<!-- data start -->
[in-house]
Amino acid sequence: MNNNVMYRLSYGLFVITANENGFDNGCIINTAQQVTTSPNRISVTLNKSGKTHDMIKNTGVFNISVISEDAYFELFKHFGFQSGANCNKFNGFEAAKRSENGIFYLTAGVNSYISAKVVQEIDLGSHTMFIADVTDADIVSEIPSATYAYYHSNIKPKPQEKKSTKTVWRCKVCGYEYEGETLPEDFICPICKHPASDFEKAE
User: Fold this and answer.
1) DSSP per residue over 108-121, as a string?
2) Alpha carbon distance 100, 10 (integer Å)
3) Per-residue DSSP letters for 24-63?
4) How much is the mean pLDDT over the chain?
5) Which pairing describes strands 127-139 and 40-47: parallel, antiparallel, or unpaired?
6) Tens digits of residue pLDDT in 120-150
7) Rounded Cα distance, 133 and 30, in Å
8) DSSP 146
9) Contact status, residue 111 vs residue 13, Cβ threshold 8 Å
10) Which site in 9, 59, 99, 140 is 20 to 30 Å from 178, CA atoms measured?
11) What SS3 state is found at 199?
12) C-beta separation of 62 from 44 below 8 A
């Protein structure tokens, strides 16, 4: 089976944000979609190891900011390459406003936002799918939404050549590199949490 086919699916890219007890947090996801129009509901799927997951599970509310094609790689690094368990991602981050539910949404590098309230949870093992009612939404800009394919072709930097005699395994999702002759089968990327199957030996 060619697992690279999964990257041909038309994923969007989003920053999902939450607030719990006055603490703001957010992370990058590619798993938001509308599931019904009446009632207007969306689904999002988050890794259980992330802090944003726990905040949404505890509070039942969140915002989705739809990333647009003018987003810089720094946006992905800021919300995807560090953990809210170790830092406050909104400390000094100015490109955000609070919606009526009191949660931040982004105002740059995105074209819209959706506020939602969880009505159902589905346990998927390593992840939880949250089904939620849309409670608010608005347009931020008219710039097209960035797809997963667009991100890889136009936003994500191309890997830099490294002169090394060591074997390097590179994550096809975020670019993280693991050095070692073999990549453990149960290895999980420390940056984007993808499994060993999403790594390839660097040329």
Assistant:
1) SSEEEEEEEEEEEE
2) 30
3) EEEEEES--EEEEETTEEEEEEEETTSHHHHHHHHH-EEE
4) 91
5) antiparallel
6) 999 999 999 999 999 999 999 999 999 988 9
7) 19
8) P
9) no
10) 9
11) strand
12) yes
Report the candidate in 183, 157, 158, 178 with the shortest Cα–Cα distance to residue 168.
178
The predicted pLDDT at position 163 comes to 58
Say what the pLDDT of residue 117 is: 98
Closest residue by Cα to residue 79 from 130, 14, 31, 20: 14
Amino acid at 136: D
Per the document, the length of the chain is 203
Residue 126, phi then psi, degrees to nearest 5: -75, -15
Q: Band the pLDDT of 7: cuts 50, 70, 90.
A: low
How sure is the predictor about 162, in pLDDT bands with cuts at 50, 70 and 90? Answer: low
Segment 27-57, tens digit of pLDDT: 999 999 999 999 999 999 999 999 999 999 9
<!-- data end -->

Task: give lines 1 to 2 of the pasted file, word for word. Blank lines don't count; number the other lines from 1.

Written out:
[in-house]
Amino acid sequence: MNNNVMYRLSYGLFVITANENGFDNGCIINTAQQVTTSPNRISVTLNKSGKTHDMIKNTGVFNISVISEDAYFELFKHFGFQSGANCNKFNGFEAAKRSENGIFYLTAGVNSYISAKVVQEIDLGSHTMFIADVTDADIVSEIPSATYAYYHSNIKPKPQEKKSTKTVWRCKVCGYEYEGETLPEDFICPICKHPASDFEKAE